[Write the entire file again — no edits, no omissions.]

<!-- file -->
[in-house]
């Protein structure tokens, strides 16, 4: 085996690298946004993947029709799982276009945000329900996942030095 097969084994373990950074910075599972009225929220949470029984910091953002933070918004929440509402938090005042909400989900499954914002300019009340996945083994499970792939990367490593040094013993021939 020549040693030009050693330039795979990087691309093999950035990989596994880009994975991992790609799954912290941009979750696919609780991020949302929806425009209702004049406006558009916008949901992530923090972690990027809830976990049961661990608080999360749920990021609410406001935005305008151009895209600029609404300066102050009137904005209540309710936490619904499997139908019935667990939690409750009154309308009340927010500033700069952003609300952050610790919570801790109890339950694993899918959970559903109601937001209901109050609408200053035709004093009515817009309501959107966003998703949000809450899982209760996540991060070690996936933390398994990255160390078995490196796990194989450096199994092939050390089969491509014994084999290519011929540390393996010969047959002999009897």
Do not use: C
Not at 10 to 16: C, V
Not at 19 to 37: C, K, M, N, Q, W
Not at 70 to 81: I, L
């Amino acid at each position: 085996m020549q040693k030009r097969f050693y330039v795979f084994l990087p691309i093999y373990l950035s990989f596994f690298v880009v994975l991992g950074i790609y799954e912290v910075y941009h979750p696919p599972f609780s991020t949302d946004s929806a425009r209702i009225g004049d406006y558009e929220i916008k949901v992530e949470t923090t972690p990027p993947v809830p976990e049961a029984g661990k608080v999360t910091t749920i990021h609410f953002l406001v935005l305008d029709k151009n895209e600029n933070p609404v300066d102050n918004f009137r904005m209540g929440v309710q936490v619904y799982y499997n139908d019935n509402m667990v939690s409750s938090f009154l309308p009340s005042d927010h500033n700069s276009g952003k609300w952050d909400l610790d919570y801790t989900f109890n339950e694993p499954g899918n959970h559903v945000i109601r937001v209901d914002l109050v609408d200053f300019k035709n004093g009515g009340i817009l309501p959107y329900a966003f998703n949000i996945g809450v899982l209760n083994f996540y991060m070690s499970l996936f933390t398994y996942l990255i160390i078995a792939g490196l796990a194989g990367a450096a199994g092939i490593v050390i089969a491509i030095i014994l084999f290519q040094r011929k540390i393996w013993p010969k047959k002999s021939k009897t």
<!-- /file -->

[in-house]
């Protein structure tokens, strides 16, 4: 085996690298946004993947029709799982276009945000329900996942030095 097969084994373990950074910075599972009225929220949470029984910091953002933070918004929440509402938090005042909400989900499954914002300019009340996945083994499970792939990367490593040094013993021939 020549040693030009050693330039795979990087691309093999950035990989596994880009994975991992790609799954912290941009979750696919609780991020949302929806425009209702004049406006558009916008949901992530923090972690990027809830976990049961661990608080999360749920990021609410406001935005305008151009895209600029609404300066102050009137904005209540309710936490619904499997139908019935667990939690409750009154309308009340927010500033700069952003609300952050610790919570801790109890339950694993899918959970559903109601937001209901109050609408200053035709004093009515817009309501959107966003998703949000809450899982209760996540991060070690996936933390398994990255160390078995490196796990194989450096199994092939050390089969491509014994084999290519011929540390393996010969047959002999009897």
Do not use: C
Not at 10 to 16: C, V
Not at 19 to 37: C, K, M, N, Q, W
Not at 70 to 81: I, L
């Amino acid at each position: 085996m020549q040693k030009r097969f050693y330039v795979f084994l990087p691309i093999y373990l950035s990989f596994f690298v880009v994975l991992g950074i790609y799954e912290v910075y941009h979750p696919p599972f609780s991020t949302d946004s929806a425009r209702i009225g004049d406006y558009e929220i916008k949901v992530e949470t923090t972690p990027p993947v809830p976990e049961a029984g661990k608080v999360t910091t749920i990021h609410f953002l406001v935005l305008d029709k151009n895209e600029n933070p609404v300066d102050n918004f009137r904005m209540g929440v309710q936490v619904y799982y499997n139908d019935n509402m667990v939690s409750s938090f009154l309308p009340s005042d927010h500033n700069s276009g952003k609300w952050d909400l610790d919570y801790t989900f109890n339950e694993p499954g899918n959970h559903v945000i109601r937001v209901d914002l109050v609408d200053f300019k035709n004093g009515g009340i817009l309501p959107y329900a966003f998703n949000i996945g809450v899982l209760n083994f996540y991060m070690s499970l996936f933390t398994y996942l990255i160390i078995a792939g490196l796990a194989g990367a450096a199994g092939i490593v050390i089969a491509i030095i014994l084999f290519q040094r011929k540390i393996w013993p010969k047959k002999s021939k009897t």